En EspaŅol

Q. Who is Mr. Smarty Plants?

A: There are those who suspect Wildflower Center volunteers are the culpable and capable culprits. Yet, others think staff members play some, albeit small, role. You can torture us with your plant questions, but we will never reveal the Green Guru's secret identity.

Help us grow by giving to the Plant Database Fund or by becoming a member

Did you know you can access the Native Plant Information Network with your web-enabled smartphone?

Share

Ask Mr. Smarty Plants

Ask Mr. Smarty Plants is a free service provided by the staff and volunteers at the Lady Bird Johnson Wildflower Center.

Search Smarty Plants
    
 
See a list of all Smarty Plants questions
Can't find the answer in our existing FAQs, submit a question to Mr. Smarty Plants.
Need help with plant identification, visit the plant identification page.
 
rate this answer
Not Yet Rated

Sunday - May 05, 2013

From: Albuquerque, NM
Region: Southwest
Topic: Non-Natives, Herbs/Forbs
Title: Growing non-native daylilies from Albuquerque
Answered by: Barbara Medford

QUESTION:

Need some tips on planting daylilies in the Northeast heights of Albuquerque. I've amended clay soil with cottonbur mulch/compost mix and added gypsum. Can I do anything else to ensure growing success?

ANSWER:

From a previous Mr. Smarty Plants answer:

The Lady Bird Johnson Wildflower Center, home of Mr. Smarty Plants, is committed to the growth, protection and propagation of plants native not only to North America but to the area in which those plants grow naturally; in your case, Bernalillo County, NM. Daylilies, once erroneously placed in the Liliaceae family of plants, now are considered to be in the Hemerocallis family. They are native to Eurasia - China, Japan and Korea - and are therefore out of our line of expertise. From the Univesity of Minnesota Extension Service, here is an article on Growing Daylilies. We understand there are many thousands of cultivars and selections of this plant, perennials which bloom one day, in the nursery trade, but beyond that, we know nothing about them.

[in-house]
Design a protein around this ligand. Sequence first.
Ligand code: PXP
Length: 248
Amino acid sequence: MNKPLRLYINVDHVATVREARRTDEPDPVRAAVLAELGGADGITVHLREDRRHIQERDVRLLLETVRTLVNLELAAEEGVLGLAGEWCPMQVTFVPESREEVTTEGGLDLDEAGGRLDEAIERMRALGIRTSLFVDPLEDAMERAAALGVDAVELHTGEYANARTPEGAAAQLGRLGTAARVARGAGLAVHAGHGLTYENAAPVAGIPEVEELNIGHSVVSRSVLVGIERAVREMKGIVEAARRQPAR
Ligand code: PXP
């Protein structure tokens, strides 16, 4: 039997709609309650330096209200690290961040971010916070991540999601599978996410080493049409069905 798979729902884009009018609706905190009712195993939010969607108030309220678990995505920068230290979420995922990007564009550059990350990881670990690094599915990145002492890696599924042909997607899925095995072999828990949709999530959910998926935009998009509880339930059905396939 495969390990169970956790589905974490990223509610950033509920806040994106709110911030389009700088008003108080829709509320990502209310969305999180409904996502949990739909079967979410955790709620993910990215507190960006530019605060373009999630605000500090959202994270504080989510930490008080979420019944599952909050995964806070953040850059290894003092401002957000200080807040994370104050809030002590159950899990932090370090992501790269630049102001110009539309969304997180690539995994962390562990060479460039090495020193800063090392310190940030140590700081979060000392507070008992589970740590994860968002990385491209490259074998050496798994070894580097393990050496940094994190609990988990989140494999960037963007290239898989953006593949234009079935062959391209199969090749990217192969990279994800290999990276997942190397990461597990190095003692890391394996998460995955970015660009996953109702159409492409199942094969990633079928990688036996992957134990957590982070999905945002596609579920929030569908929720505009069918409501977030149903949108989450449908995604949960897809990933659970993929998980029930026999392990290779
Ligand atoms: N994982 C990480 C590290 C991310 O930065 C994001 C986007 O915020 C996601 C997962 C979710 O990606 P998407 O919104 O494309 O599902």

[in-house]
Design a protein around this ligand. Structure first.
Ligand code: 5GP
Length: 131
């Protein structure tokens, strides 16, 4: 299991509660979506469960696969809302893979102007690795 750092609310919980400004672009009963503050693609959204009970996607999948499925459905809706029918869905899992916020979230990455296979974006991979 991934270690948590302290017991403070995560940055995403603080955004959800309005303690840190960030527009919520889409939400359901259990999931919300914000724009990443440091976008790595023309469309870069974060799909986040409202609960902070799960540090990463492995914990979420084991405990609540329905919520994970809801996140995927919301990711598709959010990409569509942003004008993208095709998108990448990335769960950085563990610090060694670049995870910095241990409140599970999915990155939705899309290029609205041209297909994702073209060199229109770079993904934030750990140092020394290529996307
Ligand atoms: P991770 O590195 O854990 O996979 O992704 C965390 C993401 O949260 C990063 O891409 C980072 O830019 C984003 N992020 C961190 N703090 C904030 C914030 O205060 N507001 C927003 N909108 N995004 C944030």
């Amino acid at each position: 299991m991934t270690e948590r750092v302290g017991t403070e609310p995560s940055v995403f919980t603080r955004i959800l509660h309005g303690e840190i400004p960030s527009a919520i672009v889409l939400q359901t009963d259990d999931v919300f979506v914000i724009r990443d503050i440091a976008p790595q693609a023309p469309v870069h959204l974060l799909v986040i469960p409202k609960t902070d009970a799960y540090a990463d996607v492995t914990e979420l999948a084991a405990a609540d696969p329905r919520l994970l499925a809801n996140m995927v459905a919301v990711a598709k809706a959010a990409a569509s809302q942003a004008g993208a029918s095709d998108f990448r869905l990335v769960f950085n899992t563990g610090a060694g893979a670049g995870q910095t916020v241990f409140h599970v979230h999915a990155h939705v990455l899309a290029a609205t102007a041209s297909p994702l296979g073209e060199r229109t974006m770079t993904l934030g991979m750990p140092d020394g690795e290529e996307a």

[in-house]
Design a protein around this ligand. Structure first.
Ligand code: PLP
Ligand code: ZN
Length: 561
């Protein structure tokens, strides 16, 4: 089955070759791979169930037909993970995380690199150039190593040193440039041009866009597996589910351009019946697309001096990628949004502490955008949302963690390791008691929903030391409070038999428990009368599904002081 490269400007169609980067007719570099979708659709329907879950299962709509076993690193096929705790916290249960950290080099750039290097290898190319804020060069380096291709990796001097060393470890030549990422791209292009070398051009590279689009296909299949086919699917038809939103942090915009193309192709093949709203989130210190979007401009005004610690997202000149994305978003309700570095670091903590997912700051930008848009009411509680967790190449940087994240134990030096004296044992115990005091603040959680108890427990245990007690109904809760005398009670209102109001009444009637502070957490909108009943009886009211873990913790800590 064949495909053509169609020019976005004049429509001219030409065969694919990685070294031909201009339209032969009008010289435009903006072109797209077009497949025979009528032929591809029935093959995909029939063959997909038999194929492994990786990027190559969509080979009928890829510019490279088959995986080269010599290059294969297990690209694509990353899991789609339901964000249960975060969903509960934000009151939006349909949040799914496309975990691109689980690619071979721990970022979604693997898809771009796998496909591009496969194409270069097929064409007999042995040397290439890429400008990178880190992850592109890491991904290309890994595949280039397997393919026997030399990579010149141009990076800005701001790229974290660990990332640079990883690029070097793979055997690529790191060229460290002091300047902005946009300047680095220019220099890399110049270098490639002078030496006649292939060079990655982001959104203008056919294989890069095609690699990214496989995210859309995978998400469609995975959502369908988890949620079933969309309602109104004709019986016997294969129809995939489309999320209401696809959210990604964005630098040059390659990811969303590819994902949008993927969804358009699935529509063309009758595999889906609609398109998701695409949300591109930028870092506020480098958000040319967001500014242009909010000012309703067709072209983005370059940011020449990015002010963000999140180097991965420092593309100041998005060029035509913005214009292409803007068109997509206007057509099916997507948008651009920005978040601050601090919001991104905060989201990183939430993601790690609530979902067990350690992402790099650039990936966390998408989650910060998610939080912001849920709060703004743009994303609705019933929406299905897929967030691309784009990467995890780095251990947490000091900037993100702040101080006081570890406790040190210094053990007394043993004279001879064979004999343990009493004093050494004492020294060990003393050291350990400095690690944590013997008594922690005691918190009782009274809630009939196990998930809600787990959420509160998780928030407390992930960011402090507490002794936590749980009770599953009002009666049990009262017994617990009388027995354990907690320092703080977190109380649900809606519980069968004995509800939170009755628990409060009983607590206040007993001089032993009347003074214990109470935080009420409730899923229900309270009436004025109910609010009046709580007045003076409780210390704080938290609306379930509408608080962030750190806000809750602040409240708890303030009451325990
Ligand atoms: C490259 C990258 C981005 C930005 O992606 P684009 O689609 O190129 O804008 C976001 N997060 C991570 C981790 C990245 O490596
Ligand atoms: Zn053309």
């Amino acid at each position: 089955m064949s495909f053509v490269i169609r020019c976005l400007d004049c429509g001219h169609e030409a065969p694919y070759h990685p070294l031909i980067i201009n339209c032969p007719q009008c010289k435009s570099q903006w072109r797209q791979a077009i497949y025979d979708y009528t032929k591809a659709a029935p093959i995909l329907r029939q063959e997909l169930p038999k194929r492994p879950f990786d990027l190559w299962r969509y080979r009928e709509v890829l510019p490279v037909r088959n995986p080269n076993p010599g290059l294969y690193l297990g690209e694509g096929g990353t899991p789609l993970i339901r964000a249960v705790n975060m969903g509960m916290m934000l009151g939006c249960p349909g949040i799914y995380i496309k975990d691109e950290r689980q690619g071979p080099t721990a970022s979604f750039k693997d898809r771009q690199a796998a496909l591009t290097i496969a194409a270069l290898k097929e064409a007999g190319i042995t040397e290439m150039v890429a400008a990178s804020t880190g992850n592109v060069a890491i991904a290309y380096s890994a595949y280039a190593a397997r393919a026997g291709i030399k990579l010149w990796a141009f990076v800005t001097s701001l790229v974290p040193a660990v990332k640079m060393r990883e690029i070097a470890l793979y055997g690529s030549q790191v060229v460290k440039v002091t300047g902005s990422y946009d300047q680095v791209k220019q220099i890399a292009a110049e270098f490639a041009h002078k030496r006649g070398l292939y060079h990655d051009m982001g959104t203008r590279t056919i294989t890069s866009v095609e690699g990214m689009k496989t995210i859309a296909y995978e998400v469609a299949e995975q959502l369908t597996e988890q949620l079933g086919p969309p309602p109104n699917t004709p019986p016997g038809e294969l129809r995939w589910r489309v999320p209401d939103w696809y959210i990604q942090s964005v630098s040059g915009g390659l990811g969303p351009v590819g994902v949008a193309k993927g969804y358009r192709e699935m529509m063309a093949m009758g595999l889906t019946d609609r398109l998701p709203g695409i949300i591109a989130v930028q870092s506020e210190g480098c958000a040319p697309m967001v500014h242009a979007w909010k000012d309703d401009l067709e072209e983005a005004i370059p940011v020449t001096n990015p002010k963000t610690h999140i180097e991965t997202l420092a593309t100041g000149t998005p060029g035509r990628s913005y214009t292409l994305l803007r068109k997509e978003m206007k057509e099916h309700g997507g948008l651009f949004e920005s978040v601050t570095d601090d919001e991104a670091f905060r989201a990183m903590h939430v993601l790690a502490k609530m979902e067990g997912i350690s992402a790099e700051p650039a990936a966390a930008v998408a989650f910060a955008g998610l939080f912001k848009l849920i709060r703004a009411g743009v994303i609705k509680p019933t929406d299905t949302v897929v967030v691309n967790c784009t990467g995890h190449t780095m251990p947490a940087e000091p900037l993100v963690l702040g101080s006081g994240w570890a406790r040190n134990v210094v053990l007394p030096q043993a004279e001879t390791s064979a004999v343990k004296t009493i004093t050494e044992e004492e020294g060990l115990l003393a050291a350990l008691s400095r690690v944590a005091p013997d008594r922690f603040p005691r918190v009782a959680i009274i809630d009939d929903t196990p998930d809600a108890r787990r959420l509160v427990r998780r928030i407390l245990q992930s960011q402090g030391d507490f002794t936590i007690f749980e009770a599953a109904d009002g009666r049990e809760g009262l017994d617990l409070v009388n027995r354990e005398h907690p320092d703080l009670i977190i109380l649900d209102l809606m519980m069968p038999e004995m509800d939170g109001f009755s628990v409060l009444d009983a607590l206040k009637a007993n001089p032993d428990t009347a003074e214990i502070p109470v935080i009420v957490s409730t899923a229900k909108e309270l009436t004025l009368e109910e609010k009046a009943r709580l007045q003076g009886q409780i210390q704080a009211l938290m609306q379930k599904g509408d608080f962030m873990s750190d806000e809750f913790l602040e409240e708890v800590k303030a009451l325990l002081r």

More Non-Natives Questions

Non-native vines poisonous from Bakersfield CA
May 17, 2013 - Are pink bower vines and stars and stripes mandevilla toxic to dogs?
view the full question and answer

Yellowing branches on non-native sago palms after freeze in Rusk TX
January 30, 2010 - My Sago Palms experienced a good freeze. Now they have a multitude of yellowing branches, in fact most of the plant is yellow. Please advise what to do to save my plants. They are about nine years ...
view the full question and answer

Can bastard cabbage be eaten from Austin
May 02, 2013 - On a local cooking show they were talking about cooking local foods and mentioned bastard cabbage but never showed how to cook it or if it was in fact edible. Would be a way to help get rid of it if ...
view the full question and answer

Information about non-native Feijoa sellowiana (pineapple guave)
April 01, 2010 - Does a pineapple guava thrive in Austin, zip 78735? What height does it grow and what watering is needed?
view the full question and answer

Care of Jade plant
September 06, 2007 - Hi there, I have a question and really appreciate your time helping me regarding my plant. I bought a Jade plant; 35 yr. old ; very thick stems and healthy at the time of purchase from a very si...
view the full question and answer

Support the Wildflower Center by Donating Online or Becoming a Member today.
E-NEWSLETTER | BECOME A MEMBER | DONATE NOW | MEDIA | SITEMAP | STAFF
© 2016 Lady Bird Johnson Wildflower Center